Tuna Tornado: An Event that Happens Just a Couple Times a Year

January 12, 2016 | Joanne Kennell

Diver surrounded by a wall of Tuna
Photo credit: Screen capture of YouTube video posted by Animal Wire

It is made up of over 100,000 fish!

With all the terrible tornado movies that have come out, such as Metal Tornado, Ice Twisters, and the ever-so-popular Sharknado I, II, and III, it was only a matter of time before another ocean-dwelling animal took advantage of the hype.  The only difference — this tornado is real.

It is nicknamed the “Tuna Tornado” and it occurs only a couple of times a year.  This living tornado is made of over 100,000 Jack Tuna — each averaging over three feet in length.

What is happening in the video posted below is these tuna coming together to spawn.  Like many fish, tuna do most of their sexual reproduction outside of their bodies.  These tuna are releasing large volumes of eggs and sperm in one place, and they keep it all in one spot by circling round and round.

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What is remarkable about this process is not only its sheer size, but the process also guarantees a certain level of genetic variability since everyone is adding their genes randomly into the mix.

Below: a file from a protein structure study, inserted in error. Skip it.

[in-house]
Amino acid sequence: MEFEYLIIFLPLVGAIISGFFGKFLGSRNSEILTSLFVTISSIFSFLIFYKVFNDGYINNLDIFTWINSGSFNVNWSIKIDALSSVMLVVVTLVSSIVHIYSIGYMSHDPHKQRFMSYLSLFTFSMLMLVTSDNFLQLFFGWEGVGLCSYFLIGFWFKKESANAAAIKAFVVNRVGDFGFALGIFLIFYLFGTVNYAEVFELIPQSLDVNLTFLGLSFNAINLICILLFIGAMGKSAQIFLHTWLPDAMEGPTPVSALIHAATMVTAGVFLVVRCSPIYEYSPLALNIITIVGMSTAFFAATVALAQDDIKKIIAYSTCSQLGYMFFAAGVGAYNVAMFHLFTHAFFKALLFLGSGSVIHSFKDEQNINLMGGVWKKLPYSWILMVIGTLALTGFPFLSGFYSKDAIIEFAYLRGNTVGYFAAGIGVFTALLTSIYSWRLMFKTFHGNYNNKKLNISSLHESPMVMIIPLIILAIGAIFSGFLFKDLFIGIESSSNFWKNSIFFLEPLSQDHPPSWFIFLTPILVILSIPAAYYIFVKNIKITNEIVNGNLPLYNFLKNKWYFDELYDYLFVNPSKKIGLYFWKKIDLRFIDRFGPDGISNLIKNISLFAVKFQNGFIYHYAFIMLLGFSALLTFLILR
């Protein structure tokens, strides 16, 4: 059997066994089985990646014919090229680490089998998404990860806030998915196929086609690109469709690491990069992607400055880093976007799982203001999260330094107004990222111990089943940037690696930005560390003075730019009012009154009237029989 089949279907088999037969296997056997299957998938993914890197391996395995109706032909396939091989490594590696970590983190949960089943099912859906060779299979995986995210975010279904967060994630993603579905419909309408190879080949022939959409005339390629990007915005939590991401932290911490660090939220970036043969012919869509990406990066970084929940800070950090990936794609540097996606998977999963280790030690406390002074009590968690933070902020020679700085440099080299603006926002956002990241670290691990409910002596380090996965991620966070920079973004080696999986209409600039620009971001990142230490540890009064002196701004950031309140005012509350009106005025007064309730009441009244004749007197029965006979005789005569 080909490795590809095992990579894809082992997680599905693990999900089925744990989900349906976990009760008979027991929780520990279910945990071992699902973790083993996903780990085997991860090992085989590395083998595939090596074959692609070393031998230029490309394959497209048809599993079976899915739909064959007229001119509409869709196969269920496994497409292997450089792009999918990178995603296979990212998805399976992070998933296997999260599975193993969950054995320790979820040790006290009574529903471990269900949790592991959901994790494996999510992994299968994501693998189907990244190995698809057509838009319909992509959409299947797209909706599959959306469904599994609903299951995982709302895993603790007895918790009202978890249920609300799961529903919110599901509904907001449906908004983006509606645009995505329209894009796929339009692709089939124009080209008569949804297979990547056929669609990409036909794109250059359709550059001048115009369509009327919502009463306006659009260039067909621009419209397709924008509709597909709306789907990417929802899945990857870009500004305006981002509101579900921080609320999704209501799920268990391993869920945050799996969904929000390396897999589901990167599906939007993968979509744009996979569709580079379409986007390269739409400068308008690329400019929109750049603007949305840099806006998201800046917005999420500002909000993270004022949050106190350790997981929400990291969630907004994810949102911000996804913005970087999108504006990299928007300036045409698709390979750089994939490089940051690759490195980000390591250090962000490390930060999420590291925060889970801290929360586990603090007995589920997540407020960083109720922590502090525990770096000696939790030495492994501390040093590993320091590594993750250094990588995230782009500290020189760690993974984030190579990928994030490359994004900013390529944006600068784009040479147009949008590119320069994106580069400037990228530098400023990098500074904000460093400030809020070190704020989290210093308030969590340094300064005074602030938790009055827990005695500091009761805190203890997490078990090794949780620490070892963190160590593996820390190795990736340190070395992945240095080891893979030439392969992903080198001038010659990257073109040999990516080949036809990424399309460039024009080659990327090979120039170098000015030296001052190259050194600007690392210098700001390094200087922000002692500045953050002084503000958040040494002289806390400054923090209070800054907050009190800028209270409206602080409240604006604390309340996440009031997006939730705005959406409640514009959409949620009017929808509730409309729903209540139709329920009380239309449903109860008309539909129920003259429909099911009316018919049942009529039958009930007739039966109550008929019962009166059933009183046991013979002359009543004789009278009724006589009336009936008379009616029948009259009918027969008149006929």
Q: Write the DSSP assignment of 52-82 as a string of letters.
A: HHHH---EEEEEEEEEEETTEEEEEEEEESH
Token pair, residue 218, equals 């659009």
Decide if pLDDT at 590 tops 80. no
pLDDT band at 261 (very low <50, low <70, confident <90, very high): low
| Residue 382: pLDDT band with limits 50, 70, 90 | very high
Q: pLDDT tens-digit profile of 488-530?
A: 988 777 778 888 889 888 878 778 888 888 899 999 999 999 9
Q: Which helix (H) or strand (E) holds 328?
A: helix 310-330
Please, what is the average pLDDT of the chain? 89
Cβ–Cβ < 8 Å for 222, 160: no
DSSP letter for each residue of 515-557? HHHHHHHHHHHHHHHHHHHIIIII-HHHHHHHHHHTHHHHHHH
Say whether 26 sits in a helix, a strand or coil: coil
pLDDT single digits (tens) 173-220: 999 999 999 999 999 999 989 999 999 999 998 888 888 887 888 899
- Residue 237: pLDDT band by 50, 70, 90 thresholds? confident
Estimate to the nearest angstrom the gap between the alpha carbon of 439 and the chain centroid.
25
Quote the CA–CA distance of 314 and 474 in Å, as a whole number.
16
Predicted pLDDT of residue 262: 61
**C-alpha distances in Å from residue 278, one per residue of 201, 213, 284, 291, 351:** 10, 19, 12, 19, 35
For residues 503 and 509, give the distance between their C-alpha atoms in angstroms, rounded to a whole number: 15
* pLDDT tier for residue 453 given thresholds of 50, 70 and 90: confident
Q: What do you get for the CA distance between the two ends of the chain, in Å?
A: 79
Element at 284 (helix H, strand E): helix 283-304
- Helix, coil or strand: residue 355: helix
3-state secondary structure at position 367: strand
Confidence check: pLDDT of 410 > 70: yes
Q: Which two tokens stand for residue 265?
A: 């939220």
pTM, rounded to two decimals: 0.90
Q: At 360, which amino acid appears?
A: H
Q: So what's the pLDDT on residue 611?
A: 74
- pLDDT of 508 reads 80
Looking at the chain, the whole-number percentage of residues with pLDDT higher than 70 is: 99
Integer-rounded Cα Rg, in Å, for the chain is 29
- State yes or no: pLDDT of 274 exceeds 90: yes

So you may be wondering what happens to these fertilized eggs?  Once fertilized, the eggs float around in the ocean for one or two days before they are born, and in about a month they look like smaller versions of their parents.  However, during this time, they are considered plankton — one of the largest ocean food sources.  

Since there are a lot of predators that feed on plankton, only a small number of these fertilized eggs actually develop into a mature fish.  It really comes down to luck.

This breeding ritual is so fascinating.  Take a look for yourself.



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